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Long Island

Union sues National Grid, says pay overdue

National Grid workers assess roads that remain completely

National Grid workers assess roads that remain completely blocked in Lattingtown so LIPA will be able to access power lines in the area. (Nov. 2, 2012) Photo Credit: Danielle Finkelstein

A union official representing 2,600 electric and gas workers on Long Island has filed a lawsuit against National Grid, charging the company unjustly enriched itself by unlawfully withholding wages after a computer foul-up bungled thousands of employee paychecks.

The suit, filed last week in State Supreme Court in Suffolk, seeks to reclaim wages, overtime and expense payments lost after the company's conversion to a new computer system widely disrupted and reduced worker paychecks. Another suit by union members from upstate and other National Grid operating regions has been filed in U.S. District Court in Central Islip.

In a companywide email last week, National Grid USA president Tom King took "full responsibility" for the "painful, unthinkable" problem, which he said the company hopes to largely clear up before year's end.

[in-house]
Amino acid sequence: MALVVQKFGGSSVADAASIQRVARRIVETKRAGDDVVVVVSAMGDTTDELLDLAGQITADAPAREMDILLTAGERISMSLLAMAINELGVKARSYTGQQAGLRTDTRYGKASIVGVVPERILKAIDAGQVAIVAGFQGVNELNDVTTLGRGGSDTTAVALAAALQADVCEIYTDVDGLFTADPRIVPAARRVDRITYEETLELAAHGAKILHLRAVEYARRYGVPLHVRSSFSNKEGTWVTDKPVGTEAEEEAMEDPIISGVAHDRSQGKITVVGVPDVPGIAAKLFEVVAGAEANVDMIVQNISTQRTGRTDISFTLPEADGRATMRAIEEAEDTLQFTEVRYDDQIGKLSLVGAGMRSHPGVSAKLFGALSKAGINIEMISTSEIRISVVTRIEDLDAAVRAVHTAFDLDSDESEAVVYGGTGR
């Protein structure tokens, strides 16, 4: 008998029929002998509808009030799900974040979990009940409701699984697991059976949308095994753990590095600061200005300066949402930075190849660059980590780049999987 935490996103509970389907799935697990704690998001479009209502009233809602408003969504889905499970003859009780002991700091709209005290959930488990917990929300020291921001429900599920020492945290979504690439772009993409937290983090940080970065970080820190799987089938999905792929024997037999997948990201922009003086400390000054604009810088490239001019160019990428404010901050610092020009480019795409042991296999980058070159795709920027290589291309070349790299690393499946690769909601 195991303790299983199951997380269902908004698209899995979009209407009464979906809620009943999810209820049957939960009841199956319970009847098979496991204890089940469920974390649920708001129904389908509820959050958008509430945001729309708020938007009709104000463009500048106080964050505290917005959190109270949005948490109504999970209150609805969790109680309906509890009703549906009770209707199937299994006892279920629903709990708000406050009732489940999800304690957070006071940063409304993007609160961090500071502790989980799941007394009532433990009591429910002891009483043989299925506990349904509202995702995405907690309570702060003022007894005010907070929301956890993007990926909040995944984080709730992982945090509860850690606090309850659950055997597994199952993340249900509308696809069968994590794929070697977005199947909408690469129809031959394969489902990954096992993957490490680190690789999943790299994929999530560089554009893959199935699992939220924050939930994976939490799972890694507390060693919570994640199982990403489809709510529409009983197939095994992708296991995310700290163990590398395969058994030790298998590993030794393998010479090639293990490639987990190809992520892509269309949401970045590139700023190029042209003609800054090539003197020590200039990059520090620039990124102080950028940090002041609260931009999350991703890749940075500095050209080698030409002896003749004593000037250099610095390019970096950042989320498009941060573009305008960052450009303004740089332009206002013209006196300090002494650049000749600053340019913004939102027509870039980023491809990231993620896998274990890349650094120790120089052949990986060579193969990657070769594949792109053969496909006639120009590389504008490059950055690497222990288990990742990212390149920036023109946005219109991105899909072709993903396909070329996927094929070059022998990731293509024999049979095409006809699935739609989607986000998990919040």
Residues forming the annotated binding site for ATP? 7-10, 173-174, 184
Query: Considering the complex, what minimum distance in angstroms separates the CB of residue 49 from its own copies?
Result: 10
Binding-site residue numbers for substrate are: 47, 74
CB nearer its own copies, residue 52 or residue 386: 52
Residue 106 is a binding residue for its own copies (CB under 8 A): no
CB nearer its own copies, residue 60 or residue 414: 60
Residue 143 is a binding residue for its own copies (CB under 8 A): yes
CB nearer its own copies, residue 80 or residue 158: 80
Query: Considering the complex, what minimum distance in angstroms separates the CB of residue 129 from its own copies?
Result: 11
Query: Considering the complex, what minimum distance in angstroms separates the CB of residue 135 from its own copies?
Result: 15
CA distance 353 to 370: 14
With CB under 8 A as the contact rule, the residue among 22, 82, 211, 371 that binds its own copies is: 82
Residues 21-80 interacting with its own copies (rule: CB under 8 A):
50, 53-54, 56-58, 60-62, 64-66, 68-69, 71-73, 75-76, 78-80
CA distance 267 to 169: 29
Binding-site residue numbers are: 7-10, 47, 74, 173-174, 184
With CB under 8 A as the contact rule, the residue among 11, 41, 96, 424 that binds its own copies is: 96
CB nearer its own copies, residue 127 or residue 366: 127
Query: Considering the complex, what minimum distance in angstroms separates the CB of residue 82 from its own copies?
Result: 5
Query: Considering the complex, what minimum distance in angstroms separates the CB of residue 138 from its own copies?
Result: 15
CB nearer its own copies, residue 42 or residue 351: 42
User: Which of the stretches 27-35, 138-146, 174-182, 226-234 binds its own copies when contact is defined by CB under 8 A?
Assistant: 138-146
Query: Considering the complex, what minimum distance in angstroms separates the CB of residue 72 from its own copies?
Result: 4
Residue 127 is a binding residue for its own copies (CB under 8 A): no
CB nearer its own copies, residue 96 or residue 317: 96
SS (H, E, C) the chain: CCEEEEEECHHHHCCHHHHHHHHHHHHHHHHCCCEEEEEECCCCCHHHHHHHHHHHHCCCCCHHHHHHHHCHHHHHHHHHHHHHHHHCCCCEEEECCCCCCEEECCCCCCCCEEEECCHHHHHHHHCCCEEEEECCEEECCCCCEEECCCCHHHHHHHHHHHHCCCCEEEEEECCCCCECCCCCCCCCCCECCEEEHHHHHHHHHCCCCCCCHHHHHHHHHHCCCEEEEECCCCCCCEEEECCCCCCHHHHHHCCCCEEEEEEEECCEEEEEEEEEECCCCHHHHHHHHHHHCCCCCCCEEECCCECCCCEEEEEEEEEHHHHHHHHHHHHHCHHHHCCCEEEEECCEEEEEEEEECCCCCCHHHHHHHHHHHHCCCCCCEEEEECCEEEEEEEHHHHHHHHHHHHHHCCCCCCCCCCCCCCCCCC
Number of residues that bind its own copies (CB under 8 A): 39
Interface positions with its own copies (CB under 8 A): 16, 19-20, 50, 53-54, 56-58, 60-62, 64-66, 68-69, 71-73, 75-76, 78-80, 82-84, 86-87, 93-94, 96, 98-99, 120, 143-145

But plaintiff Don Daley Jr., business manager for Local 1049 of the International Brotherhood of Electrical Workers, said problems persist. Daley said most of the Hauppauge local's members have been impacted by the problem, which the suit calls "systemic wage abuse."

"There's such a variety of problems," Daley said. "Things are continually going wrong." The union has already filed complaints with the New York attorney general, the state Public Service Commission and the U.S. Department of Labor, he said.

The suit alleges violations of the federal Fair Labor Standards Act and several sections of state labor law.

Workers put in 12- to 16-hour days, sometimes daily, during the Sandy restoration, the suit says. But the company "failed to properly pay wages at the appropriate rates." Lost wages for workers have caused "significant damages" to members.

"We want to make sure people get paid correctly," Daley said. Members are "extremely frustrated and justifiably so."

In addition to receiving their proper pay, which included large amounts of overtime for work during superstorm Sandy, the union is seeking a permanent injunction to make sure the problem doesn't happen again.

National Grid didn't immediately respond to a request for comment.

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